Director: William Oldroyd
Cast: Florence Pugh, Cosmo Jarvis, Paul Hilton
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If you’ve seen Carol Morley’s The Falling, you’ll have come away with two questions. Firstly, why hasn’t everyone seen this? And secondly, what’s that amazing actress doing next? The actress in question? Florence Pugh. The answer? Lady Macbeth, a superb, intense chamber piece that announces her as Britain’s next big thing.
Based on the novella by Nikolai Leskov, the drama sees young bride Katherine hitched to the son of a mine owner and shackled to his isolated estate in Britain’s misty moors. When he’s called away on business, she’s alone and told never to leave the house – and so she rebels, stumbling into an affair with stable-boy Sebastian (Cosmo Jarvis). Once that boundary has been pushed, though, the flighty bird refuses to go back in her cage, flouting social conventions and matrimonial duty in favour of earthy lust and breathy freedom.
The title hints at where things are headed, and Pugh doesn’t disappoint. Florence is phenomenal, delivering a mercurial performance that is utterly magnetic; even as she carries out increasingly immoral deeds, it’s impossible to look away when she’s on screen.
Her romantic chemistry with Sebastian and her hateful sparks with her husband are only topped by her fractious bond with watchful maid Anna (Naomi Ackie – another rising star to watch out for). It’s their silent distrust that fuels the gripping, uneasy tension, and theatre director William Oldroyd fills the space of his stage with an oppressive claustrophobia. It festers in every detail, from the costumed routines of having to dress and undress to fit her social role to the sound design, which pares everything back to near silence in the symmetrically composed interior shots. Outside of those four walls, though, winds rage, their natural power echoing the increasingly unkempt presence of Katherine, who takes her destiny into her own hands – hands that will drag her up to wuthering heights.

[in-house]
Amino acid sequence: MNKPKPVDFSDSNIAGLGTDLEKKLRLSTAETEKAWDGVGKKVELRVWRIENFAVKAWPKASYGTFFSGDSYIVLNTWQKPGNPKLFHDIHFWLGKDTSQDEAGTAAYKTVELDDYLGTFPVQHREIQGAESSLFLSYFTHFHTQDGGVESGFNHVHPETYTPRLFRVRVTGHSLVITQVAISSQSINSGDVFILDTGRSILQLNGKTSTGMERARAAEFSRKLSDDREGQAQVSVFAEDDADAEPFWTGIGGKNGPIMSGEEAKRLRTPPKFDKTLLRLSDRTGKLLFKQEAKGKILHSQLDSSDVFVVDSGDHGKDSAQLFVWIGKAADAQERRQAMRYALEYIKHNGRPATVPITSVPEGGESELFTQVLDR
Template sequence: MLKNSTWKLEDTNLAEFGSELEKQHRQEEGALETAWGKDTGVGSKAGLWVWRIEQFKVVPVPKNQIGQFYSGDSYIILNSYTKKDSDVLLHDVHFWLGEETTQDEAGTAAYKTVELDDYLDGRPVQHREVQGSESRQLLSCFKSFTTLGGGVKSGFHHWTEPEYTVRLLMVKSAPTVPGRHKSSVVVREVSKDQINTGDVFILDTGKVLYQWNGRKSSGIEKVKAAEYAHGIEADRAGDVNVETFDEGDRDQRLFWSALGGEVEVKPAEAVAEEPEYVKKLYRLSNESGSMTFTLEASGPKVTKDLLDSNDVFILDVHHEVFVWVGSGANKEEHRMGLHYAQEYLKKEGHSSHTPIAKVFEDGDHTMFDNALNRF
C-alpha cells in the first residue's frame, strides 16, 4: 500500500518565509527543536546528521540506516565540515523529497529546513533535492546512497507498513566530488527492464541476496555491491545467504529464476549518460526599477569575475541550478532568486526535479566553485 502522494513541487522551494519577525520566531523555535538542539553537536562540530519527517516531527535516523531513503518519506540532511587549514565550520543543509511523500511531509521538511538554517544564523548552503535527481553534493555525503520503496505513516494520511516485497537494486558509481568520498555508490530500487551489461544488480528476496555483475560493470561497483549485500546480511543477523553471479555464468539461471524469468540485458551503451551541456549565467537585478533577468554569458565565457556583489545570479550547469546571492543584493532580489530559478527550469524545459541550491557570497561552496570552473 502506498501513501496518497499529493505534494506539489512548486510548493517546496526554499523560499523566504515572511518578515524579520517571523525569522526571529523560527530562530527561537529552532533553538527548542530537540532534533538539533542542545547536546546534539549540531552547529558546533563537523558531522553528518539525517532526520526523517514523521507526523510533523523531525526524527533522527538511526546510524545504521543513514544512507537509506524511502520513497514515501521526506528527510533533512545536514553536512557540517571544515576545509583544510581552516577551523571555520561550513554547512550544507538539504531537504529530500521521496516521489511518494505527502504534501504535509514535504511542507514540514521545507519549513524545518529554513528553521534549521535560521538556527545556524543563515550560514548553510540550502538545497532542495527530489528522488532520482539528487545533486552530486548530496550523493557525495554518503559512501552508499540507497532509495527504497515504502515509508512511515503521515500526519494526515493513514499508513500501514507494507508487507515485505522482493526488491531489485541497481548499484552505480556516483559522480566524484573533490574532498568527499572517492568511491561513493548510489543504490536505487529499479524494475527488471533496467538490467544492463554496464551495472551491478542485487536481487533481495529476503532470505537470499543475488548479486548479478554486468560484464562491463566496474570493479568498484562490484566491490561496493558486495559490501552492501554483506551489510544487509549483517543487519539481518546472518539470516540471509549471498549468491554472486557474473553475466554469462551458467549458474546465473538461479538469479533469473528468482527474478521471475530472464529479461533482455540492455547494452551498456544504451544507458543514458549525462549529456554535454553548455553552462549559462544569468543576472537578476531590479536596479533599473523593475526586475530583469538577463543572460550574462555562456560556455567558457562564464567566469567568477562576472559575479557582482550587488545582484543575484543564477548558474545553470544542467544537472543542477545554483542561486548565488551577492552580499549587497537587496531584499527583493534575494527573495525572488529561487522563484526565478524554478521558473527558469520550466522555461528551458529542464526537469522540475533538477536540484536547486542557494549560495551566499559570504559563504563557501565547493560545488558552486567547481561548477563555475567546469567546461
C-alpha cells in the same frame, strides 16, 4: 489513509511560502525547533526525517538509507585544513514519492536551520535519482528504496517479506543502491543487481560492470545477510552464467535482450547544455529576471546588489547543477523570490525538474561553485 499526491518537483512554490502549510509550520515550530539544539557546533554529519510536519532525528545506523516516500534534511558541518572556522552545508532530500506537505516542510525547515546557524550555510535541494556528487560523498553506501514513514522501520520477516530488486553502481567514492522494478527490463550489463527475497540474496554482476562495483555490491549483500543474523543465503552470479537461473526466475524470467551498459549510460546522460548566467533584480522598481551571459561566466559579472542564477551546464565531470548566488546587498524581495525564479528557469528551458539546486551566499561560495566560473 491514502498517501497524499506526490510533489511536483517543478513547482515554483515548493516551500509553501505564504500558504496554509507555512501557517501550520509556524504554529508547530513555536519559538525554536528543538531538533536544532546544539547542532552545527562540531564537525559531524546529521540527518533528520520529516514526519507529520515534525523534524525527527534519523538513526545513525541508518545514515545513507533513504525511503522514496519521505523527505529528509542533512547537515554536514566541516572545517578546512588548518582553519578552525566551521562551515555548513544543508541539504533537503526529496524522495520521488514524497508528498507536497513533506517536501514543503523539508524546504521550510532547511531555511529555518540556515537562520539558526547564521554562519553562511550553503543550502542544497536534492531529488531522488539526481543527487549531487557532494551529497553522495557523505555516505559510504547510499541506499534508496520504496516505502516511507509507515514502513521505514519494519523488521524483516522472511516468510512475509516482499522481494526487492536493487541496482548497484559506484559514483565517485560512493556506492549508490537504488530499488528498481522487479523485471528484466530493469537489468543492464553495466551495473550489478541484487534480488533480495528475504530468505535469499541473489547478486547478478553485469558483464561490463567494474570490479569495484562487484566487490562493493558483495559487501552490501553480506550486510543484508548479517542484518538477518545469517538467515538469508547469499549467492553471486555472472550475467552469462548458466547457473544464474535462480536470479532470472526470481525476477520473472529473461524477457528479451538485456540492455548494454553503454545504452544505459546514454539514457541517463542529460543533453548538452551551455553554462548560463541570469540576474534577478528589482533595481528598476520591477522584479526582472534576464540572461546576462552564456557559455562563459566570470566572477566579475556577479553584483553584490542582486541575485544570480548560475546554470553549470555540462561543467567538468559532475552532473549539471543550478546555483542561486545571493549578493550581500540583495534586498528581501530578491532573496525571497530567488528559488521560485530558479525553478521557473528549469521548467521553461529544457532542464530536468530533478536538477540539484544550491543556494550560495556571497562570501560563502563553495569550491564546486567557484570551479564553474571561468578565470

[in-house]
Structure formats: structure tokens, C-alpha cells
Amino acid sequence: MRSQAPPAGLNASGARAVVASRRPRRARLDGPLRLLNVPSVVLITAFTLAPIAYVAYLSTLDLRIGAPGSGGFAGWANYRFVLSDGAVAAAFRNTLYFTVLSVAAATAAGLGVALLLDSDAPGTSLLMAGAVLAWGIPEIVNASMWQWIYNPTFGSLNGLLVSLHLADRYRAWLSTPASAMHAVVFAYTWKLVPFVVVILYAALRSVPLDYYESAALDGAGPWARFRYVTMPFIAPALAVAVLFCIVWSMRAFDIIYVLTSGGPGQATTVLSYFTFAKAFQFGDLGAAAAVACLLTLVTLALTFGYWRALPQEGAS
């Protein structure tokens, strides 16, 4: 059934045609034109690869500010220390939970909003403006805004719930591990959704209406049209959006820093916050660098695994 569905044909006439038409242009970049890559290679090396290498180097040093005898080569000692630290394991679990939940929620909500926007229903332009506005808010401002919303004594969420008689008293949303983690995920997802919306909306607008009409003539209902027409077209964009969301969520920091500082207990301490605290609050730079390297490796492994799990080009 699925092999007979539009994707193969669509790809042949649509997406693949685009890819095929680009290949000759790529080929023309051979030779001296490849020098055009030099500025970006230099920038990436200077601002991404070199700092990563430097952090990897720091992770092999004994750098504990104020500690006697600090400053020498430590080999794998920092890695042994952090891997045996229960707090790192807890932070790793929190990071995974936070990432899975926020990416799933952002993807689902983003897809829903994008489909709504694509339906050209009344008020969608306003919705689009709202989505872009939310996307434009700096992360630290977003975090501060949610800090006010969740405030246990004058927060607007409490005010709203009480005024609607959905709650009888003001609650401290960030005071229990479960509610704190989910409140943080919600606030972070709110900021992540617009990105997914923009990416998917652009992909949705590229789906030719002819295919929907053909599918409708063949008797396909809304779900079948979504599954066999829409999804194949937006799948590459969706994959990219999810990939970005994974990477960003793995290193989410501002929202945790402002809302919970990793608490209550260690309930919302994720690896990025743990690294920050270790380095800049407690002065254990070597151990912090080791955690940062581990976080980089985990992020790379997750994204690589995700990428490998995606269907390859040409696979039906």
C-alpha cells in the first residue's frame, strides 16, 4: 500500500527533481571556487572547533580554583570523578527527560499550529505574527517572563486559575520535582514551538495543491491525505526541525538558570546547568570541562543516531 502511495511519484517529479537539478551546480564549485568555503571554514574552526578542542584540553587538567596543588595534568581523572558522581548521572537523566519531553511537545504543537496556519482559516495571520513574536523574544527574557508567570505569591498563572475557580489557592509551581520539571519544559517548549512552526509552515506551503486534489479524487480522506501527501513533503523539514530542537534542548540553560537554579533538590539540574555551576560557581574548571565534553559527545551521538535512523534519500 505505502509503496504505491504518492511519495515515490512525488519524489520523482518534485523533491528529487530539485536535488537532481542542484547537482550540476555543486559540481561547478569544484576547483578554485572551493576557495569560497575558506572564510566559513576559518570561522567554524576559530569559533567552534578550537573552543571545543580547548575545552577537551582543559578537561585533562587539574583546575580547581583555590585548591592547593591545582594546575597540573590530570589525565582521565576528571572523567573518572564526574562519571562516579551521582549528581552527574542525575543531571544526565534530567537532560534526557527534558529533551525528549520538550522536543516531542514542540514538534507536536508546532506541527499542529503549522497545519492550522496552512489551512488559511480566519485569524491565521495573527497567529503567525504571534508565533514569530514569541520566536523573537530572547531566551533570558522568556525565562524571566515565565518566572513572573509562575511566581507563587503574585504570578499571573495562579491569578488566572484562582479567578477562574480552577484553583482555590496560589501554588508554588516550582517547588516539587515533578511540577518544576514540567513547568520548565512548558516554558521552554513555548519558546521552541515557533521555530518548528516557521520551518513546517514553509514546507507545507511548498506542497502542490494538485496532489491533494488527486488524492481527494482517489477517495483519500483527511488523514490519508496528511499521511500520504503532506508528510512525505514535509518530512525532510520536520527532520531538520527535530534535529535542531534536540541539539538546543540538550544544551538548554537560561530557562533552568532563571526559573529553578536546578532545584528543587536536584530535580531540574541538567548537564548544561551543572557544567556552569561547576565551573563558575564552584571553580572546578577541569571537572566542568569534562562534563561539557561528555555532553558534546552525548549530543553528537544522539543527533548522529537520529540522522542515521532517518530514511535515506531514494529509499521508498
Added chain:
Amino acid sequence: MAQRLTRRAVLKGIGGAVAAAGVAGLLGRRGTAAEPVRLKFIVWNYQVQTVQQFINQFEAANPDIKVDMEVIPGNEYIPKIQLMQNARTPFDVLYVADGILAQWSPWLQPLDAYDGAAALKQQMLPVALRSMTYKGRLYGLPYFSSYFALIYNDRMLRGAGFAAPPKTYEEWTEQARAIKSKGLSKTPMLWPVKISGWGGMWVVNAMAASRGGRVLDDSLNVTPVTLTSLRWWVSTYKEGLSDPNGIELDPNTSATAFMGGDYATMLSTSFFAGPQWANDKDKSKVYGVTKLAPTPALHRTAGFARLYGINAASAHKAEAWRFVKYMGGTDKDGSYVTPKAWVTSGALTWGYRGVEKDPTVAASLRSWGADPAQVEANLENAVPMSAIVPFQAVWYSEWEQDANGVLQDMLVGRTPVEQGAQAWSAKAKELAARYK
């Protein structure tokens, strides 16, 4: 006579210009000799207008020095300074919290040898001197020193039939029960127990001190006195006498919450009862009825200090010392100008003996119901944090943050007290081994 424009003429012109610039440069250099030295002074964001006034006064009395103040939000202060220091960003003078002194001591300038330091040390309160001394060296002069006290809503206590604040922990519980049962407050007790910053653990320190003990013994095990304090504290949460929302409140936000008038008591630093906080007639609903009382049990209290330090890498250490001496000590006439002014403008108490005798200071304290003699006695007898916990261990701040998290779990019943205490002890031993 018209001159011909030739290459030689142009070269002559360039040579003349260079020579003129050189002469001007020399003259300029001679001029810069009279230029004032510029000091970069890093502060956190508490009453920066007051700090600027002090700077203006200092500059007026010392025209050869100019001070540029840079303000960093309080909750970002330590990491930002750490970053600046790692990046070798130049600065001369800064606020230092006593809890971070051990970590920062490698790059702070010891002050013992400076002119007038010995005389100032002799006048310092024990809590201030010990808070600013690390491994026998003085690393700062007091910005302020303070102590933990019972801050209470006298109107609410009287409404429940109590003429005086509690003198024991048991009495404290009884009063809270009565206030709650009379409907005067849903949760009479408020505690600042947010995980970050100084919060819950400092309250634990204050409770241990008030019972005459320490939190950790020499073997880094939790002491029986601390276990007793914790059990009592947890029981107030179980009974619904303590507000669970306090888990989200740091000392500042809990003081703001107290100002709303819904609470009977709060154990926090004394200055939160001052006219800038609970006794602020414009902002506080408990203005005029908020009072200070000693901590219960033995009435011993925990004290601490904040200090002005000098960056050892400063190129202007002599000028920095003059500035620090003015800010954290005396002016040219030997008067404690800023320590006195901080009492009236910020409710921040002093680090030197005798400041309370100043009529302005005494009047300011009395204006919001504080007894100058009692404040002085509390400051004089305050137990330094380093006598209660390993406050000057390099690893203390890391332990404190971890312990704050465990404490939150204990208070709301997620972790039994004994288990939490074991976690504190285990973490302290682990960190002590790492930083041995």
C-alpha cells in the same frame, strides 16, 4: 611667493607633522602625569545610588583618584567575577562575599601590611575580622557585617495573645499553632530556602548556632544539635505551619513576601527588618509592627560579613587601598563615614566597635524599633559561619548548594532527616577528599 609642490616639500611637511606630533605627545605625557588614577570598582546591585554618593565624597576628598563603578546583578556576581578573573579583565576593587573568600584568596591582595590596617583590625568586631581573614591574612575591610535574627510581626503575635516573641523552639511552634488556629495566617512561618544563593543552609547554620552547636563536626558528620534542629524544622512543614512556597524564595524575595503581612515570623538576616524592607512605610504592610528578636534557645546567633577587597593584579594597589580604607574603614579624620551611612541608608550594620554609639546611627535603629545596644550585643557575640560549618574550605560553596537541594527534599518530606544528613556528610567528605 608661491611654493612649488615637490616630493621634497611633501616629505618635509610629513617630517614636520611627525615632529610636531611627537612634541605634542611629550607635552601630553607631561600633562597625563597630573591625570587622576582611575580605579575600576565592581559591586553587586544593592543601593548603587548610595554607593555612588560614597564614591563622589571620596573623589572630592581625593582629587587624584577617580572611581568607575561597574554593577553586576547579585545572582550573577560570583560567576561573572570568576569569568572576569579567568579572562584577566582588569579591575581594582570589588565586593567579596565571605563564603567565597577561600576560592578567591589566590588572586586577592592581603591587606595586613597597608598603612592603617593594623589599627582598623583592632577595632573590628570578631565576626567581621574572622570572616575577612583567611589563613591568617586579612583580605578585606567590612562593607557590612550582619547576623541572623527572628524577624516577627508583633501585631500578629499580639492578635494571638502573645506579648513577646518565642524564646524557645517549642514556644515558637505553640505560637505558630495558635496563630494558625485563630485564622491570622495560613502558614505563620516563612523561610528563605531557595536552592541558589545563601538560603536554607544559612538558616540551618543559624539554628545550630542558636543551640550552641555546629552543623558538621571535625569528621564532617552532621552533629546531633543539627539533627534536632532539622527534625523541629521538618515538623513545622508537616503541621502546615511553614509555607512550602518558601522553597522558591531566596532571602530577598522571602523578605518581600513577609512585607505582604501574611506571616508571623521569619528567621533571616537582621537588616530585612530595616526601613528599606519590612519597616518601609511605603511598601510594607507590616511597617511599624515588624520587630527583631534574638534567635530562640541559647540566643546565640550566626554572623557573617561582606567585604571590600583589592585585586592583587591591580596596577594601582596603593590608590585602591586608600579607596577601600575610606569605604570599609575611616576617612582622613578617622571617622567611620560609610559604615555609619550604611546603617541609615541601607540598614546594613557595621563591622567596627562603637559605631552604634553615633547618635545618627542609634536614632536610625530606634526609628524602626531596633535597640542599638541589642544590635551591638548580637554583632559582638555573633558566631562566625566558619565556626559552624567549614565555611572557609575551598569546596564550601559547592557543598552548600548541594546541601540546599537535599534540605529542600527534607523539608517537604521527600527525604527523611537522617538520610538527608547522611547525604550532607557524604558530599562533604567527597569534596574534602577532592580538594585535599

“You have no idea of the damage you can cause,” she is told at one point, but she knows only too well. As the film charts the intimate, quietly jaw-dropping evolution of a timid, tragic woman into a matriarchal force to be reckoned with, it’s impossible not to be aware too. By the end, your heart is in your mouth, as you perch on the edge of your seat to see what she’ll do next – this is a character-driven thriller to the last.
Alice Birch’s script is wordless at times, but weaves in complex themes of race and class into the surface story of abuse and sensuality, resulting in a heady cocktail of subversive, small-scale revenge. Florence Pugh downs it in one. It’s sexy, it’s scary, and it’s riveting to see.